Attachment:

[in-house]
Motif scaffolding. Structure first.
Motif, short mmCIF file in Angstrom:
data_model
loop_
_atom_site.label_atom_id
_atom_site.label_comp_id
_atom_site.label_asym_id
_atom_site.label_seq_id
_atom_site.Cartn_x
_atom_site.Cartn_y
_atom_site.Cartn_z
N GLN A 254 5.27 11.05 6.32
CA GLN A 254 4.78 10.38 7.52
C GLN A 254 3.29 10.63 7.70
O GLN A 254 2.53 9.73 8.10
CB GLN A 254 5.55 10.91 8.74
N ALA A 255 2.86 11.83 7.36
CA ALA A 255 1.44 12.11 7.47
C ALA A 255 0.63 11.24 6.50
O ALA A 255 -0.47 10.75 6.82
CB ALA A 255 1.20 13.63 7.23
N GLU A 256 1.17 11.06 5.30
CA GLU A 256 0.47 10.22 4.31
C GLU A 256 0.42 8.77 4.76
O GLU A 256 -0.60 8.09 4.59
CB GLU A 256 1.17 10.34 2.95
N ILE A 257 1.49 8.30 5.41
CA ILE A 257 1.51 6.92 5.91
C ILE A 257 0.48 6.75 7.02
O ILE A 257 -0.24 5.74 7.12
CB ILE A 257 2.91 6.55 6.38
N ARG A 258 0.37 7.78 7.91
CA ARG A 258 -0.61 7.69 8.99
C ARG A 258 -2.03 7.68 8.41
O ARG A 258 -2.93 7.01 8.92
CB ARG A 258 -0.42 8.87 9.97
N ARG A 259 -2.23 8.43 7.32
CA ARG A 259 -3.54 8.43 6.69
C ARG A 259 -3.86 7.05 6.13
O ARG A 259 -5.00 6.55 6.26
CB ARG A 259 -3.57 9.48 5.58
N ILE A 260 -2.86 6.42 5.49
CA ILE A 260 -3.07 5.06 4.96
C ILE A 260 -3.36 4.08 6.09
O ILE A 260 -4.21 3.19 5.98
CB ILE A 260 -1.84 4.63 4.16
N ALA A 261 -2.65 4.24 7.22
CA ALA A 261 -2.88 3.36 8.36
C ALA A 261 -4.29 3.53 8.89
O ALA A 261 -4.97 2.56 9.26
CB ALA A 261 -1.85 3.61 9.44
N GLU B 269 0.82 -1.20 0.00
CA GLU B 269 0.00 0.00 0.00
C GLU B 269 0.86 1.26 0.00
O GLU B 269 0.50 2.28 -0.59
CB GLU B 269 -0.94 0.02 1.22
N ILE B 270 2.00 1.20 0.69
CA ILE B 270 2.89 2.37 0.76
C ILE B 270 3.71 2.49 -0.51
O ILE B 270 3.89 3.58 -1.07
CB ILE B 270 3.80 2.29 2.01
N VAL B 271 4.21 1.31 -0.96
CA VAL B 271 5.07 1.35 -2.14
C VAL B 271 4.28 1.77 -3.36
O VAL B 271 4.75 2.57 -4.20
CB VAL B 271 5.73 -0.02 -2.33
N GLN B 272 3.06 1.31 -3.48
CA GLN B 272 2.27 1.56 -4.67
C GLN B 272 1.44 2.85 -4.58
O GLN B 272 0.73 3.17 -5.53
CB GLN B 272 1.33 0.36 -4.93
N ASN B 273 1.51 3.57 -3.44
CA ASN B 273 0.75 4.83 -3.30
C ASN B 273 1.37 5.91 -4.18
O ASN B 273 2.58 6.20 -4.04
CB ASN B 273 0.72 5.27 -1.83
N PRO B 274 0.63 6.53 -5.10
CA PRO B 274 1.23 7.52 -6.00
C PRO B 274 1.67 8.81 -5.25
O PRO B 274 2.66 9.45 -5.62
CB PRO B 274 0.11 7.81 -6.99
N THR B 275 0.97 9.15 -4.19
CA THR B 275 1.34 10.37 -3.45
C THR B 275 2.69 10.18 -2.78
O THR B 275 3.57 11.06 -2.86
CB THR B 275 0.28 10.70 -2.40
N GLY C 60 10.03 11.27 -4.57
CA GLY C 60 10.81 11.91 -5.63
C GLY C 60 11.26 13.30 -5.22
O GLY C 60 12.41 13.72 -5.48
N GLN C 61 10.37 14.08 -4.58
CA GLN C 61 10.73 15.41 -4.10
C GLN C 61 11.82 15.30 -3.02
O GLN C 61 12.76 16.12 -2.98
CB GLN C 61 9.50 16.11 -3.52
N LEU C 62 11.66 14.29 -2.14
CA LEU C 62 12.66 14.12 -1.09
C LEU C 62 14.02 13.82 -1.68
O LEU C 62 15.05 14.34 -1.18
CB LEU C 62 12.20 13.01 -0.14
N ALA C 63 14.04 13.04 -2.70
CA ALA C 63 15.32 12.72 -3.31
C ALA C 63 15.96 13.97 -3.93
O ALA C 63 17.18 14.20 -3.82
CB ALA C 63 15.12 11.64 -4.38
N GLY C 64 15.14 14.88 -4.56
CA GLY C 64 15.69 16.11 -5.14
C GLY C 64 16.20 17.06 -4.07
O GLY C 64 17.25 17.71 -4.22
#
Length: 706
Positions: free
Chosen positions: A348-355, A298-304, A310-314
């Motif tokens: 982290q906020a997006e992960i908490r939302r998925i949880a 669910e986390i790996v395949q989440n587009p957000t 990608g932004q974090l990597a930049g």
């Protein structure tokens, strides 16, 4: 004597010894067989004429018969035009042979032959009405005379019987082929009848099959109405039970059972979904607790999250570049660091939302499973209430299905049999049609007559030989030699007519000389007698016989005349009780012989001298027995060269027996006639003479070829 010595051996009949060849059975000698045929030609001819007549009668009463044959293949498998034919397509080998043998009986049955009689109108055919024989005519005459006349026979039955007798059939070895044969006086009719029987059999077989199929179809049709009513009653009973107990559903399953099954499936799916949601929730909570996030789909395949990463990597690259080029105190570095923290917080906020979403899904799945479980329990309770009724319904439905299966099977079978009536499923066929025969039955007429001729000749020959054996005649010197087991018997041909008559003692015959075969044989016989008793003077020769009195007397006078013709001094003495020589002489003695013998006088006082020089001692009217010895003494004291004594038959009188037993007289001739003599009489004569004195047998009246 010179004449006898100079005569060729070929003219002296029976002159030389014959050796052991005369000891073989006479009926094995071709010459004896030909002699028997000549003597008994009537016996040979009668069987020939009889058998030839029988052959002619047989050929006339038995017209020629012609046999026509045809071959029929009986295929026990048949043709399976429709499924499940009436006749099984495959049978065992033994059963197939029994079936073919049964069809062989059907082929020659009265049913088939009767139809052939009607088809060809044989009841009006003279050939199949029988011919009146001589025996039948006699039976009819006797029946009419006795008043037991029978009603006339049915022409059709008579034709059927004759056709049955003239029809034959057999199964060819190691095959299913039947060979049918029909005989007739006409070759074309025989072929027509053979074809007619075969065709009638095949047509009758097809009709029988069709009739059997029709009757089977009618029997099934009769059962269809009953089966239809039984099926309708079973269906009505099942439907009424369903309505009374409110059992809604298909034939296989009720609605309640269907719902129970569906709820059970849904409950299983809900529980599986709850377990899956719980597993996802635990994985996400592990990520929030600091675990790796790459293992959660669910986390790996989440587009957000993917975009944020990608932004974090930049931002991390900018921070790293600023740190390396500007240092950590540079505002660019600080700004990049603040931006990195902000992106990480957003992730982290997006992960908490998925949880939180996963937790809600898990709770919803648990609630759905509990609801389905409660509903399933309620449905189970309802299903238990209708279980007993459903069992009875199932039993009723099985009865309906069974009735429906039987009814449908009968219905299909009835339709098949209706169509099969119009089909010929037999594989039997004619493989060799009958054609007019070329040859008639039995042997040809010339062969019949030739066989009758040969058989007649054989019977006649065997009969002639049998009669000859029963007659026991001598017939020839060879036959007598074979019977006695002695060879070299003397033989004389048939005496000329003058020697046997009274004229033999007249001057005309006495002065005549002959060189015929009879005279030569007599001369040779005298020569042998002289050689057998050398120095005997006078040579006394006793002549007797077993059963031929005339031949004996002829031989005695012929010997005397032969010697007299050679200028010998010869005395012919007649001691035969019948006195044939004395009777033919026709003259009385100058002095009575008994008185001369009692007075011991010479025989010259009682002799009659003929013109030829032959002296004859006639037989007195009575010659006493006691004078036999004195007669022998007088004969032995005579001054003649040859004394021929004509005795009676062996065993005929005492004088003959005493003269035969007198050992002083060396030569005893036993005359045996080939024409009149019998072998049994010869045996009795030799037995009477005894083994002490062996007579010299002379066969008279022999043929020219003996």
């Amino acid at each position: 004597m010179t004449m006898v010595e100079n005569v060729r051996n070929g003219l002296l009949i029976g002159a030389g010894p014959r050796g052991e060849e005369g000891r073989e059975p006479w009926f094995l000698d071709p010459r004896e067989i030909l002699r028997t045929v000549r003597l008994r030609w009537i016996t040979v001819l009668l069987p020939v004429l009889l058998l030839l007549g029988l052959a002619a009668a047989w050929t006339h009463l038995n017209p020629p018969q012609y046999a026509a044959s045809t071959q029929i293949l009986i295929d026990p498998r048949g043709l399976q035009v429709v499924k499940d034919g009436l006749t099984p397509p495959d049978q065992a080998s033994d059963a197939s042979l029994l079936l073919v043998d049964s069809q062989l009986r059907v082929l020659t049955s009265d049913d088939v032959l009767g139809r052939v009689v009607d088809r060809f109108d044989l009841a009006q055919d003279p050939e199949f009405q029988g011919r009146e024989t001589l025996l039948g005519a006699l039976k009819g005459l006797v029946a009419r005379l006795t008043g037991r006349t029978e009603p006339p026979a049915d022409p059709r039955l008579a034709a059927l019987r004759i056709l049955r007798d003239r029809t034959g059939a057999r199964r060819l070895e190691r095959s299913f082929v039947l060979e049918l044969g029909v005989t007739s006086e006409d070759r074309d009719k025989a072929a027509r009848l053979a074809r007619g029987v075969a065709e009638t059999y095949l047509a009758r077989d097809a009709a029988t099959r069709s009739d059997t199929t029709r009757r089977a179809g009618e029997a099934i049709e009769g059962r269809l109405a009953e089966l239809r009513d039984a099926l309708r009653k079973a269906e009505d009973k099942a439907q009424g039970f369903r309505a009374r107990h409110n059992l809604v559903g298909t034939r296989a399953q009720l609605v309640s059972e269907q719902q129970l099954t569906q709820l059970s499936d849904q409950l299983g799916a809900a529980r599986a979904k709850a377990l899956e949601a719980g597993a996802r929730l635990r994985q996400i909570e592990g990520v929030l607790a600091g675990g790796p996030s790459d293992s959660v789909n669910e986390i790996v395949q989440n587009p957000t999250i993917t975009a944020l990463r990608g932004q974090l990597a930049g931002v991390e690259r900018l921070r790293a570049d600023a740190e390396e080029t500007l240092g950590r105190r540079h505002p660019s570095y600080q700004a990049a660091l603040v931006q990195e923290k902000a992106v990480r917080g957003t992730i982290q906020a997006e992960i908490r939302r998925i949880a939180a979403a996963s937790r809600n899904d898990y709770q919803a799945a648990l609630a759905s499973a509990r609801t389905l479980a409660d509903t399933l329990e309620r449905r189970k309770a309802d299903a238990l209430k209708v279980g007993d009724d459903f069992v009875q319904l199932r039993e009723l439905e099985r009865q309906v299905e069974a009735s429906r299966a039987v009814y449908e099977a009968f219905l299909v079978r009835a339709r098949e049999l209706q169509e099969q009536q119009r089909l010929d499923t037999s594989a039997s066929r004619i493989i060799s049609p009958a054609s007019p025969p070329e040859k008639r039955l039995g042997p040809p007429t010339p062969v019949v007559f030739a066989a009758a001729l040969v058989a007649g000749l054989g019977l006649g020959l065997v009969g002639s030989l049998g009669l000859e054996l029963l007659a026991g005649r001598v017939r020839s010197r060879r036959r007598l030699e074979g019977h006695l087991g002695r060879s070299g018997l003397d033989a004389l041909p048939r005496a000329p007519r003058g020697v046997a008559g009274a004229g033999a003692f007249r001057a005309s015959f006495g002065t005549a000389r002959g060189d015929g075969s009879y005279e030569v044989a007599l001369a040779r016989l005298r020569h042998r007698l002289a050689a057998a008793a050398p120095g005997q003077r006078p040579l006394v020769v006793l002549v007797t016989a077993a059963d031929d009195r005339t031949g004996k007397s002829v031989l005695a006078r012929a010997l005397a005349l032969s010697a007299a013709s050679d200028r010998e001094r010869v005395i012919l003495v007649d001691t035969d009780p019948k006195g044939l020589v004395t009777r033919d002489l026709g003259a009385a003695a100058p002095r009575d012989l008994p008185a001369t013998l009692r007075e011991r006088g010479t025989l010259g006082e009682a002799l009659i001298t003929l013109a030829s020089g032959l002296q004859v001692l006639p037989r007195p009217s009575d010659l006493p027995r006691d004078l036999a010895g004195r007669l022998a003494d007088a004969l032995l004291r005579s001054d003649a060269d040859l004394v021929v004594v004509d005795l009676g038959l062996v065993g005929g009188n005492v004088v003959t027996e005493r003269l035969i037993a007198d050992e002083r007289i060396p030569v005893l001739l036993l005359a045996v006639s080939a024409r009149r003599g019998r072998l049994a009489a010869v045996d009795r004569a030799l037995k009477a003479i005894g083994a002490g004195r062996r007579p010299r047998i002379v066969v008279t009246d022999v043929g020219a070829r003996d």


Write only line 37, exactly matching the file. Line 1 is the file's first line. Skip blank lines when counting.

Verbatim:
CB ARG A 258 -0.42 8.87 9.97